We are really good at tricking ourselves into acts of indulgence.
Take a study by Chandon and Wansink (2007) for instance that found that when people visit a “healthy” restaurant they tend to underestimate the calories they are consuming. In effect, the restaurant’s healthy “halo effect” mucks with our ability to assess our behaviour.
Similarly, a study by Wilcox, Vallen, Block and Fitzsimmons (2009) found that the mere presence of healthy items increased the likelihood of an indulgent item being selected. In other words, we trick ourselves into thinking we have done the right thing by our mental calorie account through merely considering the healthy item and, as a reward, select the indulgence. McDonald’s seem to be playing on this through their healthier options menu, luring us with salads and wraps but then bombarding us with burgers and fries once there.
As the researchers write:
“Results demonstrate that individuals are, ironically, more likely to make indulgent food choices when a healthy item is available compared to when it is not available… Presence vicariously fulfils nutrition related goals and provides consumers with license to indulge.”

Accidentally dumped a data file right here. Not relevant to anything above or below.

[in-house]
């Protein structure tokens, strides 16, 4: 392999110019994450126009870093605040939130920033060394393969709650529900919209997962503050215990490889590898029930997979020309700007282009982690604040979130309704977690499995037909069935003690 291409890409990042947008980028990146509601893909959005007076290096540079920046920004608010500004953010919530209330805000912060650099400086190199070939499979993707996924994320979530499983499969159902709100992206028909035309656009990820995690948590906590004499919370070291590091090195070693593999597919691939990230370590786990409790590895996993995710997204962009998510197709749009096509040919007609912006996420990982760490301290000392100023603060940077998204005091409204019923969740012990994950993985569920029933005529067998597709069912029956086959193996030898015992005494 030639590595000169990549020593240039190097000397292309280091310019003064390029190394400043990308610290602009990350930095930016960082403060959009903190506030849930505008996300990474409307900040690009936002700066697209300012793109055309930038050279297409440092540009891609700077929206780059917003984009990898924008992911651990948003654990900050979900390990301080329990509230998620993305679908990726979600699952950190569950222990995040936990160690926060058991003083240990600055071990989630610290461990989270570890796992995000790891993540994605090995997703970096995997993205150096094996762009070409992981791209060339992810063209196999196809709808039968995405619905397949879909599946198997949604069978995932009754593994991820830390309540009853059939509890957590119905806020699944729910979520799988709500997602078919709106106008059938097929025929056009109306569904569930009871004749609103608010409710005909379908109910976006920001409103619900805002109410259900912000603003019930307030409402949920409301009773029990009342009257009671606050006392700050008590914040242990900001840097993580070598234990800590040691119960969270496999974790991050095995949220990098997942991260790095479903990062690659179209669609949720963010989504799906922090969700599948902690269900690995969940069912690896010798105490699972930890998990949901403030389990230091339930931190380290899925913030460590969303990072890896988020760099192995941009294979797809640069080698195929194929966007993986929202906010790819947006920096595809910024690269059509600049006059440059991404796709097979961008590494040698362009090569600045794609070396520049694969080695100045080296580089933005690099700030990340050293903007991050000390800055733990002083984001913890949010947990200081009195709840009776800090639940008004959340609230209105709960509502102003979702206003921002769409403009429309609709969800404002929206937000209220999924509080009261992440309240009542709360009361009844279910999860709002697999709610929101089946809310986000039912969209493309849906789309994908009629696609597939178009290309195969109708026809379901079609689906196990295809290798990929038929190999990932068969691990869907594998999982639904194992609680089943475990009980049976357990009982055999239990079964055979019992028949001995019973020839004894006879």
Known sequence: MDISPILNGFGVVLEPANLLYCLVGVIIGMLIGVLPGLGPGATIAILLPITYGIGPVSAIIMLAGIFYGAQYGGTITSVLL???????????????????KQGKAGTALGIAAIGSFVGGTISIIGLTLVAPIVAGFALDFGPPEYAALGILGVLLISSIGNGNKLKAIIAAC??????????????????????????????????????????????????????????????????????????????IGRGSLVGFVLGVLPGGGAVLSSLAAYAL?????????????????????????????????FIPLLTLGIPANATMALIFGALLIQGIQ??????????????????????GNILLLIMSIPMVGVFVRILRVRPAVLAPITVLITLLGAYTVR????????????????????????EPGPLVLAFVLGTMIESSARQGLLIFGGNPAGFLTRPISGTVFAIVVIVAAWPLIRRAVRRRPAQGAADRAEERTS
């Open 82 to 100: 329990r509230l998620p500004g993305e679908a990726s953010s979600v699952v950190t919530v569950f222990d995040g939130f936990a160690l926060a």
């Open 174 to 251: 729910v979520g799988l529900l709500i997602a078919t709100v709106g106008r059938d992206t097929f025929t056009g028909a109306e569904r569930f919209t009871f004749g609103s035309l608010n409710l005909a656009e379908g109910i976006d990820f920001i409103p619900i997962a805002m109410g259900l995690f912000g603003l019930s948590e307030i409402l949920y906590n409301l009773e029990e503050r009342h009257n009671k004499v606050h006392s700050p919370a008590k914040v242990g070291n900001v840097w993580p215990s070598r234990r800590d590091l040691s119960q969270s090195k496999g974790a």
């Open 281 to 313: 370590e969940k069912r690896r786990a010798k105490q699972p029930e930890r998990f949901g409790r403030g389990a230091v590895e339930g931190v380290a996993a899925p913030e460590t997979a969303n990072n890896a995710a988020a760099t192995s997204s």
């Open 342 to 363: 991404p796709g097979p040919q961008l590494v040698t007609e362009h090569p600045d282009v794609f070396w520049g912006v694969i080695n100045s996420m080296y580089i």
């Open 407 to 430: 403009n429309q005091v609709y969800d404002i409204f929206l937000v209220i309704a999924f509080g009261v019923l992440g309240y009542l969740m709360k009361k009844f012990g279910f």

What do these studies mean? Context is crucial and can lower our rational defences. As a business, you can and should influence that context.
For businesses there are some opportunities to consider:
- If you are marketing healthy options, you need to contextualise your product. Presenting salads amongst pies and sausage rolls may not be as successful as segmenting healthy and less healthy choices.
- If you are marketing indulgent options, consider the role healthy products can play in stimulating choices in your favour. Desserts tucked in amongst fruit and vegetables might be worth pursuing.
And for businesses not involved in food, the lesson of context still holds. Do they see your product as an indulgence or a necessity? Help them feel like they’ve earned a reward to promote purchase of indulgences, and if your product is more utilitarian in nature, try keeping it clear of distracting “goodies”.
Bri Williams runs People Patterns Pty Ltd, a consultancy specialising in the application of behavioural economics to everyday business issues. Bri is a presenter, consultant and author who you can find out more about at www.peoplepatterns.com.au, [email protected] or by following on Twitter @peoplepatterns. Bri’s book, “22 Minutes to a Better Business”, about how behavioural economics can help you tackle everyday business issues, is available through the Blurb bookstore.